Sands China CEO confident about Macau despite stricter gaming law

Sands China reported a net loss of US$245m for the last quarter of 2021.
Sands China reported a net loss of US$245m for the last quarter of 2021.

Rob Goldstein, Sands China CEO and chairman, has said he is confident about Macau’s future despite the ongoing Covid-19 pandemic and the gaming law amendment bill.

Macau.- At the presentation of the financial results for the last quarter of 2021, Robert Goldstein, Las Vegas Sands’ chairman and chief executive, said he remains confident about Macau’s future. He said Sands China remains “bullish” on the Macau market despite the Covid-19 pandemic and the city’s new gaming bill.

Sands China has reported a net loss of US$245m for the last quarter of the year 2021. Revenue for the fourth quarter was up 5.4 per cent to US$649m. However, the figure was down 3.9 per cent when compared to the prior-year period. Adjusted property EBITDA was US$74m, which compares to US$47m in 2020.

In full-year results, net revenue was up 70.4 per cent year-on-year to US$2.87bn while the net loss was US$1.05bn, compared to US$1.52bn in 2020. Adjusted property EBITDA for 2021 stood at US$338m, compared to a negative figure of US$431m in 2020.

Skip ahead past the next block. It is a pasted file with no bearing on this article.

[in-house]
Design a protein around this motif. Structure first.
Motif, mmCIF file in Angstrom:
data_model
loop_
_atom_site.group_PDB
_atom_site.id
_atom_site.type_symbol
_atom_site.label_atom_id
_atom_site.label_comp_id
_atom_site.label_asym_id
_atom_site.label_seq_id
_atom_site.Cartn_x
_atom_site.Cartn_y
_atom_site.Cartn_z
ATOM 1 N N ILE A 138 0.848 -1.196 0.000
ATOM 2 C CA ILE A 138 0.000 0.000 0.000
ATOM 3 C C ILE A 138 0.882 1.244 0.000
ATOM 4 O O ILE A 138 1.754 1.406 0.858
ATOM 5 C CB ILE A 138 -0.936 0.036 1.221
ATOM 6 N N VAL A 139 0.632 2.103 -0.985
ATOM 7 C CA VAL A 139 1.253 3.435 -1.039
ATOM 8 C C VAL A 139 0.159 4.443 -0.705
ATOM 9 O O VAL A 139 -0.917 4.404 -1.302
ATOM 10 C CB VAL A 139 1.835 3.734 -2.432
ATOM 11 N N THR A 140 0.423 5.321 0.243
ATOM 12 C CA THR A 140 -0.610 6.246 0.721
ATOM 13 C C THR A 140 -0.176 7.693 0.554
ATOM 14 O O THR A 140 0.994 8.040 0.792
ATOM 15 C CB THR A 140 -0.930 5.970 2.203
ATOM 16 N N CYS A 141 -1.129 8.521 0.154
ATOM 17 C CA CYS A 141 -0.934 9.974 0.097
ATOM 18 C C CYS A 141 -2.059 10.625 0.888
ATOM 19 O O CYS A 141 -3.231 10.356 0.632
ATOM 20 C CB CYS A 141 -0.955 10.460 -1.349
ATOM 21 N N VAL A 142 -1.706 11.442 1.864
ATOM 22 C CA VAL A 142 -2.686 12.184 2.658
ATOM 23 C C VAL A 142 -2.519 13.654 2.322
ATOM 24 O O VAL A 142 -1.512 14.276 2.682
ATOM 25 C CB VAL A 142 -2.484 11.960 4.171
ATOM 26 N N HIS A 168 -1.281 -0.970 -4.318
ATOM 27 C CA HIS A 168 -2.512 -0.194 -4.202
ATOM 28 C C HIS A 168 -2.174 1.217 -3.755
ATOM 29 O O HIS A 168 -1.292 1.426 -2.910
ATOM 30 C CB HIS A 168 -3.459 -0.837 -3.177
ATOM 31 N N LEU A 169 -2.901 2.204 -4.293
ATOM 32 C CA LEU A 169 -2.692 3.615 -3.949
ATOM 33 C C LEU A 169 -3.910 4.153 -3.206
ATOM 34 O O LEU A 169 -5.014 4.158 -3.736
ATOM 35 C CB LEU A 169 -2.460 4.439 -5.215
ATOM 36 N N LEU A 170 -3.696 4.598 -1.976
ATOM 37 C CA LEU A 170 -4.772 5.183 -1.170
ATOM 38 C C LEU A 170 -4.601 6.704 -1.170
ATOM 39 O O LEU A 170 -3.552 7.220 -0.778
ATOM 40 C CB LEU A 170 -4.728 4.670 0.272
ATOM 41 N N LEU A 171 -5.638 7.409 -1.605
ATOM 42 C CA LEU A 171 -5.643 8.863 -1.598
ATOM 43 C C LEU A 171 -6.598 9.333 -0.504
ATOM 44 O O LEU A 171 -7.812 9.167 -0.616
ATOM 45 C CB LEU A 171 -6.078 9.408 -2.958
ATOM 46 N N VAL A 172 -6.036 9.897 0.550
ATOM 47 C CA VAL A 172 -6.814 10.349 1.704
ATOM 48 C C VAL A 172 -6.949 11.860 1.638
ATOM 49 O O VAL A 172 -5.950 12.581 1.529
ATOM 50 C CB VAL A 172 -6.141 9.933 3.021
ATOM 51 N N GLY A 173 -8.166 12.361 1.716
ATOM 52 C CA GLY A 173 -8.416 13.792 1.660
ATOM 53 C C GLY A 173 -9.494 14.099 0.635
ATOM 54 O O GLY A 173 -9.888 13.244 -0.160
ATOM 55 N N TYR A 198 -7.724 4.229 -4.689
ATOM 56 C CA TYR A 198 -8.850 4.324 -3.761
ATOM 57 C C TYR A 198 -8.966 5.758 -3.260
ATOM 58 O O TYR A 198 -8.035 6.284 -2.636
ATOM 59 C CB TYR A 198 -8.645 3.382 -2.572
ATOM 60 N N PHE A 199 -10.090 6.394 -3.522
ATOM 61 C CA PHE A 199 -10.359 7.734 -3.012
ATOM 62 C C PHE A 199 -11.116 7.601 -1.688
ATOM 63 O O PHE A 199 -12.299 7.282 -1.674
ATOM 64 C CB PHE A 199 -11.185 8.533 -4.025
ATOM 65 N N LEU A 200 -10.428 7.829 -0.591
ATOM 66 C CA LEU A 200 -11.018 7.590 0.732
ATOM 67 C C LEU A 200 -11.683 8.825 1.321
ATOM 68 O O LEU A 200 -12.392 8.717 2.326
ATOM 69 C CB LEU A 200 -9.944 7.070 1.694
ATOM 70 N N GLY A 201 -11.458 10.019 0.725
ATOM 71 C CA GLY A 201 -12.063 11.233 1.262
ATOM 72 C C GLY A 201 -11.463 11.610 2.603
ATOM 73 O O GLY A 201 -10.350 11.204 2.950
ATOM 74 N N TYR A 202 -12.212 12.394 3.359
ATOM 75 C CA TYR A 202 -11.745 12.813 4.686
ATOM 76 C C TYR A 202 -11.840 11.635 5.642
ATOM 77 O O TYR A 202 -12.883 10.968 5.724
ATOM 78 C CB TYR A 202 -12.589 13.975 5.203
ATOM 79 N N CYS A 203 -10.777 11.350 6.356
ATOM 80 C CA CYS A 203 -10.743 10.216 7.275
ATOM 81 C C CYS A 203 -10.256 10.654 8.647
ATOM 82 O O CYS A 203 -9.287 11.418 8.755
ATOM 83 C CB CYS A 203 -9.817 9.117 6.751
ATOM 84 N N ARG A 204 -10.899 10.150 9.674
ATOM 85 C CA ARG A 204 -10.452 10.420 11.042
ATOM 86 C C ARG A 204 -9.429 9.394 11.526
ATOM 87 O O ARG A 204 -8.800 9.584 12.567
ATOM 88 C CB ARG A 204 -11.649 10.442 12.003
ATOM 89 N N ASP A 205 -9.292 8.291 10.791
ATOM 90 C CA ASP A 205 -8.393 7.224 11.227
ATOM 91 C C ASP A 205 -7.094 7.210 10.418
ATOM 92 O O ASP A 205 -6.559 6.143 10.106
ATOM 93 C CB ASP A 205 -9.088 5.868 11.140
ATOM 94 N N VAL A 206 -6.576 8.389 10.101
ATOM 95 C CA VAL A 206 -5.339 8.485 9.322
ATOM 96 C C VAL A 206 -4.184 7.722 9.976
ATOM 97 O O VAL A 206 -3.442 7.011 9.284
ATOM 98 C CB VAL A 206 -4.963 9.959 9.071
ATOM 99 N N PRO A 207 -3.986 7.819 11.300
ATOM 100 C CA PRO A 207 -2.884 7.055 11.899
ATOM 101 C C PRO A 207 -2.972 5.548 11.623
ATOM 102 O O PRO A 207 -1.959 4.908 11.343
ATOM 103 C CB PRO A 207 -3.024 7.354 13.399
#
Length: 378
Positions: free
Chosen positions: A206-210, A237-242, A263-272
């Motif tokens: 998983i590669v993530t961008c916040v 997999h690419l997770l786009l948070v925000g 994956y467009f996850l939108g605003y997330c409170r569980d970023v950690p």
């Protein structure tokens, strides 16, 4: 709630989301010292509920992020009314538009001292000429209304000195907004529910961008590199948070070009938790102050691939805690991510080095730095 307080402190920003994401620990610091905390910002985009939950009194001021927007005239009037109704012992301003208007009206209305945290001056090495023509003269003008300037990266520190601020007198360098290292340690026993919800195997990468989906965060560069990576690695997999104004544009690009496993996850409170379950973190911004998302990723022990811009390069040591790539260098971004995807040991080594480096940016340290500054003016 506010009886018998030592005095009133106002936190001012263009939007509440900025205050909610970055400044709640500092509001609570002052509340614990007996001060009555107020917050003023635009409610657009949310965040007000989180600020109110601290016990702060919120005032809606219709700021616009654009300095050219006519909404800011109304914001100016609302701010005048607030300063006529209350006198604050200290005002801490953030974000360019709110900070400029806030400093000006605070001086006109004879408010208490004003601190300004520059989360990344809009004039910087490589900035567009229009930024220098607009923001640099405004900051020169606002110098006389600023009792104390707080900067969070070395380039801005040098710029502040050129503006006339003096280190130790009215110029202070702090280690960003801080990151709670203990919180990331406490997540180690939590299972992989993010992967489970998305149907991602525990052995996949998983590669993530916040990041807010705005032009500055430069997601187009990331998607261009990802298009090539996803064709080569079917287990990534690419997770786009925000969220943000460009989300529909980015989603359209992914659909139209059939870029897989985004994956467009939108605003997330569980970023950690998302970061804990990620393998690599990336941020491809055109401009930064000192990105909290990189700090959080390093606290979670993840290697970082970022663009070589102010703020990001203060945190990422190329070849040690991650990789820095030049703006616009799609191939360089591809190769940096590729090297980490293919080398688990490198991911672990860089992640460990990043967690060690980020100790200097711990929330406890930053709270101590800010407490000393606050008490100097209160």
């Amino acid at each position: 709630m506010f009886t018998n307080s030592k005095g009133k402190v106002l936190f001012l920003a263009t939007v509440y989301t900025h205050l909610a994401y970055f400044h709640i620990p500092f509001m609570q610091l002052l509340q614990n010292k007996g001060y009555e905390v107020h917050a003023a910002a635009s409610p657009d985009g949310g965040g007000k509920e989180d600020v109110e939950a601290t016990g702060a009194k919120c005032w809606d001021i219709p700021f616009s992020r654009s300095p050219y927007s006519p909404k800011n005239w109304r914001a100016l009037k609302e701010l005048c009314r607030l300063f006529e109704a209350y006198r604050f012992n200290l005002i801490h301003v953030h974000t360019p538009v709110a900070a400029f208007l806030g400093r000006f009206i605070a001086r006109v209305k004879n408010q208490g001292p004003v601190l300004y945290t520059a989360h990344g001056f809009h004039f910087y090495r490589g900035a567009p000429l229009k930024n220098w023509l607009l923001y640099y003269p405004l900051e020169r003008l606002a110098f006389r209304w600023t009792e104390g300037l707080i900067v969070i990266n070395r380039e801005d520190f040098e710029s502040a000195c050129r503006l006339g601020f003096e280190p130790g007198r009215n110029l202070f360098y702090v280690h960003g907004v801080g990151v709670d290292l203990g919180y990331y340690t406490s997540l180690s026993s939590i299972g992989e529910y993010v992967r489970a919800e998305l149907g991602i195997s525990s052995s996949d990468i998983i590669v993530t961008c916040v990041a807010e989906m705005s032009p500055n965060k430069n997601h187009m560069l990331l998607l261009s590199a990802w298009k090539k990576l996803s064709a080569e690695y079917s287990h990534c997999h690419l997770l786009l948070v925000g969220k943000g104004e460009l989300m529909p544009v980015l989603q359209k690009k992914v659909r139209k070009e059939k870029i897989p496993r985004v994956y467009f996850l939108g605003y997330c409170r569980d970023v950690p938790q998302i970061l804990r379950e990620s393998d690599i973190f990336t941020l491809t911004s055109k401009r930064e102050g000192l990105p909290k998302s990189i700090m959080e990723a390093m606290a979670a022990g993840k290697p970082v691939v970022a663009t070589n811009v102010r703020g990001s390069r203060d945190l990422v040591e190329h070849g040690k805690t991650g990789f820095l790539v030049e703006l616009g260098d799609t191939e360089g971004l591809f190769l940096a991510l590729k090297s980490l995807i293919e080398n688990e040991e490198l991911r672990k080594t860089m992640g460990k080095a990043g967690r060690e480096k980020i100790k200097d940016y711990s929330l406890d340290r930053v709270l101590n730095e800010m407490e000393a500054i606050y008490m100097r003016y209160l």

Goldstein said: “Our results continue to reflect the pandemic’s impact. Travel restrictions continue to affect visitation and our financial results in both Macao and Singapore this quarter. 

“We did generate some positive EBITDA for the quarter in both markets. We remain confident in the eventual recovery in both Macau and Singapore.”

During the fourth-quarter conference call, addressing questions about Macau’s gaming law amendment bill, Grant Chum, Sands senior vice president of global gaming strategy, said: “We need to wait for further details in terms of the final form that the amendments would take.”

He said the company has always efficiently used its table allocation so welcomed the direction of linking table allocation with productivity. It’s expected that the GGR target will be calculated based on the maximum number of gaming tables and gaming machines each gaming concessionaire is permitted to operate. 

The bill states that the city’s chief executive will set the minimum GGR that each table or machine should generate each year. The gaming table capacity may be lowered if an operator fails to meet its GGR target in two consecutive years.

Macau’s Legislative Council has approved the first reading of the gaming law amendment bill with just one vote against it.

In this article:
Macau casinos Sands China